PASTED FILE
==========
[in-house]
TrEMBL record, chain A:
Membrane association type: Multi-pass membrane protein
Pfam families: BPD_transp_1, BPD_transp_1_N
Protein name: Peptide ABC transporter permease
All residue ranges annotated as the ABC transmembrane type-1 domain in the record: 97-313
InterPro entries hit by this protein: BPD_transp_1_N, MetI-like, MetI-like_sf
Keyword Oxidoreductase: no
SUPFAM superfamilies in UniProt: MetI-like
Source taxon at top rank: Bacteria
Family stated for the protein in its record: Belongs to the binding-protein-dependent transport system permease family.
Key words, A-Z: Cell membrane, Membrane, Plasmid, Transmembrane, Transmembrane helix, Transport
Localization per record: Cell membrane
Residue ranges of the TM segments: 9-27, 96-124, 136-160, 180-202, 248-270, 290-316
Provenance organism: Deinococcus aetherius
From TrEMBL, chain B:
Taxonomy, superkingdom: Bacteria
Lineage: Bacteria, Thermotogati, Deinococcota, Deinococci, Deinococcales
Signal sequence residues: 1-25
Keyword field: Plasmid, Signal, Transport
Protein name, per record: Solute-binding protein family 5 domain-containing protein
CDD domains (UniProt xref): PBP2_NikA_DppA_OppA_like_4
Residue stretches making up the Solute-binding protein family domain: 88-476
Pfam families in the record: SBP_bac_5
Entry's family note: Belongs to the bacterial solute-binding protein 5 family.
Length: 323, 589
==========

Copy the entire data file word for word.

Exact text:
[in-house]
TrEMBL record, chain A:
Membrane association type: Multi-pass membrane protein
Pfam families: BPD_transp_1, BPD_transp_1_N
Protein name: Peptide ABC transporter permease
All residue ranges annotated as the ABC transmembrane type-1 domain in the record: 97-313
InterPro entries hit by this protein: BPD_transp_1_N, MetI-like, MetI-like_sf
Keyword Oxidoreductase: no
SUPFAM superfamilies in UniProt: MetI-like
Source taxon at top rank: Bacteria
Family stated for the protein in its record: Belongs to the binding-protein-dependent transport system permease family.
Key words, A-Z: Cell membrane, Membrane, Plasmid, Transmembrane, Transmembrane helix, Transport
Localization per record: Cell membrane
Residue ranges of the TM segments: 9-27, 96-124, 136-160, 180-202, 248-270, 290-316
Provenance organism: Deinococcus aetherius
From TrEMBL, chain B:
Taxonomy, superkingdom: Bacteria
Lineage: Bacteria, Thermotogati, Deinococcota, Deinococci, Deinococcales
Signal sequence residues: 1-25
Keyword field: Plasmid, Signal, Transport
Protein name, per record: Solute-binding protein family 5 domain-containing protein
CDD domains (UniProt xref): PBP2_NikA_DppA_OppA_like_4
Residue stretches making up the Solute-binding protein family domain: 88-476
Pfam families in the record: SBP_bac_5
Entry's family note: Belongs to the bacterial solute-binding protein 5 family.
Length: 323, 589